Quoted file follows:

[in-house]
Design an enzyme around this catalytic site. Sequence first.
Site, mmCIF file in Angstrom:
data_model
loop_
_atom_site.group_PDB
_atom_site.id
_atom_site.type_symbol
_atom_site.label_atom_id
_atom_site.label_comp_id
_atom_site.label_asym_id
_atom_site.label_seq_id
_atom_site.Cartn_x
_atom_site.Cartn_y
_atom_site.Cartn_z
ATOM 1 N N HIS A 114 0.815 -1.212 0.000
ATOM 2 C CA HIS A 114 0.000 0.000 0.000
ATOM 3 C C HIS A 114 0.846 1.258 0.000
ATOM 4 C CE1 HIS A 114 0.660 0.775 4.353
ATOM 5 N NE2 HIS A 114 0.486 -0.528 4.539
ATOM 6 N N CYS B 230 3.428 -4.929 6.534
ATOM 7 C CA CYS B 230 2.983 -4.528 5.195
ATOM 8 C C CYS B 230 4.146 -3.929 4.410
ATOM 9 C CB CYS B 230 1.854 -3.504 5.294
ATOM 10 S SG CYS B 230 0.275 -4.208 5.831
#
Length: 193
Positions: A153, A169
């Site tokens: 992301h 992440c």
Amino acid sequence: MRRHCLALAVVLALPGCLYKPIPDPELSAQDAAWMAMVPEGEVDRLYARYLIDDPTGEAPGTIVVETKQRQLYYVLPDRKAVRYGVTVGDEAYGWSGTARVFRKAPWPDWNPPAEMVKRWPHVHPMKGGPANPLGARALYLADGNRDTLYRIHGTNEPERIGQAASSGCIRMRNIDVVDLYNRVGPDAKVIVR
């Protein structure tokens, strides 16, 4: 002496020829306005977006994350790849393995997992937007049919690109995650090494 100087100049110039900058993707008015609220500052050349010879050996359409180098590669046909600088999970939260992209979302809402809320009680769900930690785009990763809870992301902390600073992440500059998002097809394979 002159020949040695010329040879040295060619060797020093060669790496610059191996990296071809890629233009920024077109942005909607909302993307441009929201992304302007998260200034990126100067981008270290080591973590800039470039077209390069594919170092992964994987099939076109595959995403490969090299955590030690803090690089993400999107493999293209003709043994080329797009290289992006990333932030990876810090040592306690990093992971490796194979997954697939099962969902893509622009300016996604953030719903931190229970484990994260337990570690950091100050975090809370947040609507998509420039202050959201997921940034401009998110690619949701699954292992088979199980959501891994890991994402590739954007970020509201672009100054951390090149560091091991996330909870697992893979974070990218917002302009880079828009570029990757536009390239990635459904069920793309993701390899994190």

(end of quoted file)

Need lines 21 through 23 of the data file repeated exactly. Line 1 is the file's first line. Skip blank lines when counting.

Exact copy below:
ATOM 6 N N CYS B 230 3.428 -4.929 6.534
ATOM 7 C CA CYS B 230 2.983 -4.528 5.195
ATOM 8 C C CYS B 230 4.146 -3.929 4.410